Rhythm Future Quartet – “Bushwick Stomp,” “Sleepless,” and “Made for Wesley”

Rhythm Future Quartet
An acoustic jazz quartet that is inspired by the Quintet of the Hot Club of France. The quartet plays a variety of different music from gypsy jazz standards to more contemporary music.

Here are three recordings of the Rhythm Future Quartet. “Bushwick Stomp” is a modern gypsy jazz tune composed by Olli Soikkelli (the lead guitartist in the Rhythm Future Quartet). “Sleepless” is a tune composed by violinist Jason Anick of the Rhythm Future Quartet. “Made for Wesley” is an arrangement of a tune by violinist Jason Anick.

Jason Anick (violinist and band leader)
Jason Anick is a rising star in the gypsy jazz world. Before forming the Rhythm Future Quartet he performed with many famous musicians in the gypsy jazz world including Robin Nolan, John Jorgenson, Tony Ballog,and Alfonso Ponticelli.

Olli Soikkelli (lead guitarist)
Olli Soikkelli recently moved from Scandinavia to Brooklyn New York where he has become one of the top guitarists in the jazz scene.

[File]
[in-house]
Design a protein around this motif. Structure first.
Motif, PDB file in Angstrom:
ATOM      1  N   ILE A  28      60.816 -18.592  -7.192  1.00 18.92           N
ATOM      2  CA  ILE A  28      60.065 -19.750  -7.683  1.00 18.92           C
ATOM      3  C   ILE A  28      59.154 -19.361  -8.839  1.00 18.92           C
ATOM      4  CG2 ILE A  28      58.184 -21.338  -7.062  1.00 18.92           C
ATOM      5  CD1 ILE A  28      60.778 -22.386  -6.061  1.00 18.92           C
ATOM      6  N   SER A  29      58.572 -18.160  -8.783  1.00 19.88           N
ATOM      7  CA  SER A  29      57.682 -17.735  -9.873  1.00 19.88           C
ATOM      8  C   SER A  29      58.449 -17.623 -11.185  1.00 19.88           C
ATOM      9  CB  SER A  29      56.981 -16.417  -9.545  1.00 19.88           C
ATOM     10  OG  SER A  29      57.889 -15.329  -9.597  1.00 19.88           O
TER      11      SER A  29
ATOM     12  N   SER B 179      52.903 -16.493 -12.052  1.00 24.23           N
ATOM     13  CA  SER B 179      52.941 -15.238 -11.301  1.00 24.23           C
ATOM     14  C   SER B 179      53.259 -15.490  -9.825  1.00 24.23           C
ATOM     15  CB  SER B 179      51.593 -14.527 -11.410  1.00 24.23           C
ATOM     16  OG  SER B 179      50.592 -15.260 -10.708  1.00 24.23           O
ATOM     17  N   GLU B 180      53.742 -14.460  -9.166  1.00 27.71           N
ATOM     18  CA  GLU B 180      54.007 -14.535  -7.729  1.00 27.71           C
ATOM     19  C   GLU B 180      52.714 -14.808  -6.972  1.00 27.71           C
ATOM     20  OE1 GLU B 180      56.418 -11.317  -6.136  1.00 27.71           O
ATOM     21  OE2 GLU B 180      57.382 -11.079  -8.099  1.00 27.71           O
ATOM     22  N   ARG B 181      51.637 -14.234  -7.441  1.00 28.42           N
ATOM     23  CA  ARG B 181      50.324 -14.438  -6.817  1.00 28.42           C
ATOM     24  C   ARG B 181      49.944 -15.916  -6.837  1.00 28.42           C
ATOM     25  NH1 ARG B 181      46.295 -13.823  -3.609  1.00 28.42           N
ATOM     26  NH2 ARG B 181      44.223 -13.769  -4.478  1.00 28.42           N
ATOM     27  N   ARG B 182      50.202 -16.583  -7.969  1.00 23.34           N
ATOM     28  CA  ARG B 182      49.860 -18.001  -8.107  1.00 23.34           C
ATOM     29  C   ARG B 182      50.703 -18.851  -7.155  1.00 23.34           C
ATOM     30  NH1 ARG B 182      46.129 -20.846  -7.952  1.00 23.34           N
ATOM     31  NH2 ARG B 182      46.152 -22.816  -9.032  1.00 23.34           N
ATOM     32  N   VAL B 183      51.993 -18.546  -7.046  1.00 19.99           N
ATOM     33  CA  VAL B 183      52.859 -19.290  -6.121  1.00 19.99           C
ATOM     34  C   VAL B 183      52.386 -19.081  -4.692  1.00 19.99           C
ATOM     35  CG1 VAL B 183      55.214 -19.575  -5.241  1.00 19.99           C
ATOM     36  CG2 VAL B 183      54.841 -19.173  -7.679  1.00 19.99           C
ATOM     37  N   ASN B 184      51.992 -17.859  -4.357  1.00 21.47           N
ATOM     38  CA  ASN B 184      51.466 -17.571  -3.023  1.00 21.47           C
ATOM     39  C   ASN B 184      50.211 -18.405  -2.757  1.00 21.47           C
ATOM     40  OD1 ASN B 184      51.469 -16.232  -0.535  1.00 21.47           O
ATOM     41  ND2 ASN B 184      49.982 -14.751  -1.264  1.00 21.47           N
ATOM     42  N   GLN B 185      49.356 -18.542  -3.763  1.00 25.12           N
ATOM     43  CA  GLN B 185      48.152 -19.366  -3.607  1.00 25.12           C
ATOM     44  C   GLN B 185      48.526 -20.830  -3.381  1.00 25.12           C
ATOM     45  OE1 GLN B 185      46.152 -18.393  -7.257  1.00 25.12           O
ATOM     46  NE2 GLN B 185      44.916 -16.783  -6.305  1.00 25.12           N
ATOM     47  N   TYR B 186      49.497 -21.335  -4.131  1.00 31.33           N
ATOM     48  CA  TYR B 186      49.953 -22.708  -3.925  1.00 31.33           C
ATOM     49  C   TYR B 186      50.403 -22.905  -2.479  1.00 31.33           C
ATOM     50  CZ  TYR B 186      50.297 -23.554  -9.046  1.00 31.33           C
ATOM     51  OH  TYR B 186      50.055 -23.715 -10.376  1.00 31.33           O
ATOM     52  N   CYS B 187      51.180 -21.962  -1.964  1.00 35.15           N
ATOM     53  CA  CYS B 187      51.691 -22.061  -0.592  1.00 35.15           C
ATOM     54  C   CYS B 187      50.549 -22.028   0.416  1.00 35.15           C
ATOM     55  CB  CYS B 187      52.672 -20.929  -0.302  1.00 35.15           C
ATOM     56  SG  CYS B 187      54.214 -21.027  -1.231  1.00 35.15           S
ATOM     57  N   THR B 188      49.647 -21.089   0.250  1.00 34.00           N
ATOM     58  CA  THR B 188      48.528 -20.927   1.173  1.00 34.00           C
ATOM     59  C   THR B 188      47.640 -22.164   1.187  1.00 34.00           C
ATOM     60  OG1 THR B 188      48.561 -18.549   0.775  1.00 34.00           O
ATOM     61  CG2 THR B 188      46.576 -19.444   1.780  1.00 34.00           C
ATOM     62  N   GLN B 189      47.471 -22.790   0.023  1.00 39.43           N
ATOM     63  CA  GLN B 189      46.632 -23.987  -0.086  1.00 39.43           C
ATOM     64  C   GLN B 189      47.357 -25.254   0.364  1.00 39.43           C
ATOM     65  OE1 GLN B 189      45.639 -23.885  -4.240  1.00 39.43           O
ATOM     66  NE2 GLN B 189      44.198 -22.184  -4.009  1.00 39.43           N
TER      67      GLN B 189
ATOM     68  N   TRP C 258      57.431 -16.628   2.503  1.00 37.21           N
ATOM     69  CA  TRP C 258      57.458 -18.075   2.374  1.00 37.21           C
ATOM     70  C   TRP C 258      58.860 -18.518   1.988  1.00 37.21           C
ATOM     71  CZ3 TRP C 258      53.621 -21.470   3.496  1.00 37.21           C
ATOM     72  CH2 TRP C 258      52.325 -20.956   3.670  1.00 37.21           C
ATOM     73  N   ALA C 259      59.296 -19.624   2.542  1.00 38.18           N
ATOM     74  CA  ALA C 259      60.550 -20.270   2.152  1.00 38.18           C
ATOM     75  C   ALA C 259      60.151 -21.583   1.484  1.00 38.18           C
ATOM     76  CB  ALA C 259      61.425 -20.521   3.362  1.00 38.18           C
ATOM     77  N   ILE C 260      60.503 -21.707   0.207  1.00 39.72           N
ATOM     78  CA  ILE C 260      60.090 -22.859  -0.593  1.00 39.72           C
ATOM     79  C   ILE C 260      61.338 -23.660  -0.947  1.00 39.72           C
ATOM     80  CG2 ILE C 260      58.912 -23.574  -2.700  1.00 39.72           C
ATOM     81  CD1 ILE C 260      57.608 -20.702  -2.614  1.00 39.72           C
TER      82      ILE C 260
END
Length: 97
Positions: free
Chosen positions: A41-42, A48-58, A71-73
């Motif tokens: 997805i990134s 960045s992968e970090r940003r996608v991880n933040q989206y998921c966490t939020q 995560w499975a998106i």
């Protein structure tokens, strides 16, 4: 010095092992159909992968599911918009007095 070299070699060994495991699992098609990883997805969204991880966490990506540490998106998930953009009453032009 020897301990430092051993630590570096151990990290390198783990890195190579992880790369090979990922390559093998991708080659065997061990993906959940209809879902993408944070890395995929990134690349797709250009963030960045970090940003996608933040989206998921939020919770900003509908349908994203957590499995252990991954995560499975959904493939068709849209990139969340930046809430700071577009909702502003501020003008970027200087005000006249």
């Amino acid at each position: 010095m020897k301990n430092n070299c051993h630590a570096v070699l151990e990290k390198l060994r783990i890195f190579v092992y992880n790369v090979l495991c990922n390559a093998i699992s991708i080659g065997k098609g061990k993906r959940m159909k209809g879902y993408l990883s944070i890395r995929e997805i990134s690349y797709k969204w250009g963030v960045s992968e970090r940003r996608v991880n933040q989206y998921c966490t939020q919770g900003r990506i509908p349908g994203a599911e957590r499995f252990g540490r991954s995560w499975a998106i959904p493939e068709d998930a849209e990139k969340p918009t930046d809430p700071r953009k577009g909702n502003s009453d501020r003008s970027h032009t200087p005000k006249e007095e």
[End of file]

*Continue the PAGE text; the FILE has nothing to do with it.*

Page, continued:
Max O’ Rourke
At 19 years of age, Max has toured and recorded with John Jorgenson and Gonzalo Bergera, two of the top gypsy jazz guitarists.

Greg Loughman (bass)
Greg Loughman is a top bass player in Boston. At 41, he is the oldest member of the band.


Yehudi Menuhin/Stephane Grappelli “Crazy Rhythm” and “Sweet Georgia Brown”

Yehudi Menuhin and Stephane Grappelli’s collaboration began in 1970. A few years before that Yehudi Menuhin heard Stephane Grappelli’s jazz violin for the first time after a friend gave him some Grappelli recordings. He liked what he heard and a meeting was arranged between Grappelli and Menuhin. In the beginning Menuhin (a classically trained violinist) worried that Grapelli (a jazz violinist) would be critical of his playing because he couldn’t improvise and Grappelli worried that Menuhin would be critical of his technical abilities on the violin. That discomfort soon went away when they began playing together. Menuhin was amazed how Grappelli could improvise with such ease, and Grappelli respected Menuhin’s playing and even had some solos written out for Menuhin so that they could play together. Their collaboration was so successful that they recorded 6 LPs together. Here are a couple of recordings of Grappelli and Menuhin. The first piece is called Crazy Rhythm and the second is a jazz standard called Sweet Georgia Brown. I hope that you enjoy this music.